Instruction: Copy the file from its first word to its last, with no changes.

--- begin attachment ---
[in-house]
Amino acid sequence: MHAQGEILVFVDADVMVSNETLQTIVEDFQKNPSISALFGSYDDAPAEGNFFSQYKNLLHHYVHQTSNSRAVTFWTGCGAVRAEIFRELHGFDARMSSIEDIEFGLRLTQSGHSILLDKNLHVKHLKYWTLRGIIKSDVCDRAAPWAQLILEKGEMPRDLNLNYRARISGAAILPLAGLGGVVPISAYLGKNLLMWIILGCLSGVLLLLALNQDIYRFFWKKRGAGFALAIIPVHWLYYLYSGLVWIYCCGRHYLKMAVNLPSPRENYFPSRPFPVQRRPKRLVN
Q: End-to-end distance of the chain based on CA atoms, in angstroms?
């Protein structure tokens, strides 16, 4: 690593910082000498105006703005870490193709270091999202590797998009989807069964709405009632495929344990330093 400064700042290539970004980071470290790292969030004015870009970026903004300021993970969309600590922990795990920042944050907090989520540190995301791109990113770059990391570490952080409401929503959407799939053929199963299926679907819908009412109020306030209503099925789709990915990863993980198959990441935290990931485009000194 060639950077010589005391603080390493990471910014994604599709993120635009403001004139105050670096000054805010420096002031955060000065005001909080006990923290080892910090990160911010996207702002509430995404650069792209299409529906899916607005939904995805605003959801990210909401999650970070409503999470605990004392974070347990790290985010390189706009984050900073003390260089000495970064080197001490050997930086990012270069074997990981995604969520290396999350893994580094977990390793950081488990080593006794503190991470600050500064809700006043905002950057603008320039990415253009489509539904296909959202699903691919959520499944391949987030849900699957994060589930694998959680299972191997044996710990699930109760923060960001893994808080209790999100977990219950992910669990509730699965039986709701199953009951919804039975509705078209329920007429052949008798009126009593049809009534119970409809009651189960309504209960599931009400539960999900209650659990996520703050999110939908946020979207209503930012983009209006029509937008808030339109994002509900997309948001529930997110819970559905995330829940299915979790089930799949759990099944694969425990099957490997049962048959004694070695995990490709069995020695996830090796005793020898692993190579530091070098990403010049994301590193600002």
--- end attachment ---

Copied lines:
[in-house]
Amino acid sequence: MHAQGEILVFVDADVMVSNETLQTIVEDFQKNPSISALFGSYDDAPAEGNFFSQYKNLLHHYVHQTSNSRAVTFWTGCGAVRAEIFRELHGFDARMSSIEDIEFGLRLTQSGHSILLDKNLHVKHLKYWTLRGIIKSDVCDRAAPWAQLILEKGEMPRDLNLNYRARISGAAILPLAGLGGVVPISAYLGKNLLMWIILGCLSGVLLLLALNQDIYRFFWKKRGAGFALAIIPVHWLYYLYSGLVWIYCCGRHYLKMAVNLPSPRENYFPSRPFPVQRRPKRLVN
Q: End-to-end distance of the chain based on CA atoms, in angstroms?
């Protein structure tokens, strides 16, 4: 690593910082000498105006703005870490193709270091999202590797998009989807069964709405009632495929344990330093 400064700042290539970004980071470290790292969030004015870009970026903004300021993970969309600590922990795990920042944050907090989520540190995301791109990113770059990391570490952080409401929503959407799939053929199963299926679907819908009412109020306030209503099925789709990915990863993980198959990441935290990931485009000194 060639950077010589005391603080390493990471910014994604599709993120635009403001004139105050670096000054805010420096002031955060000065005001909080006990923290080892910090990160911010996207702002509430995404650069792209299409529906899916607005939904995805605003959801990210909401999650970070409503999470605990004392974070347990790290985010390189706009984050900073003390260089000495970064080197001490050997930086990012270069074997990981995604969520290396999350893994580094977990390793950081488990080593006794503190991470600050500064809700006043905002950057603008320039990415253009489509539904296909959202699903691919959520499944391949987030849900699957994060589930694998959680299972191997044996710990699930109760923060960001893994808080209790999100977990219950992910669990509730699965039986709701199953009951919804039975509705078209329920007429052949008798009126009593049809009534119970409809009651189960309504209960599931009400539960999900209650659990996520703050999110939908946020979207209503930012983009209006029509937008808030339109994002509900997309948001529930997110819970559905995330829940299915979790089930799949759990099944694969425990099957490997049962048959004694070695995990490709069995020695996830090796005793020898692993190579530091070098990403010049994301590193600002």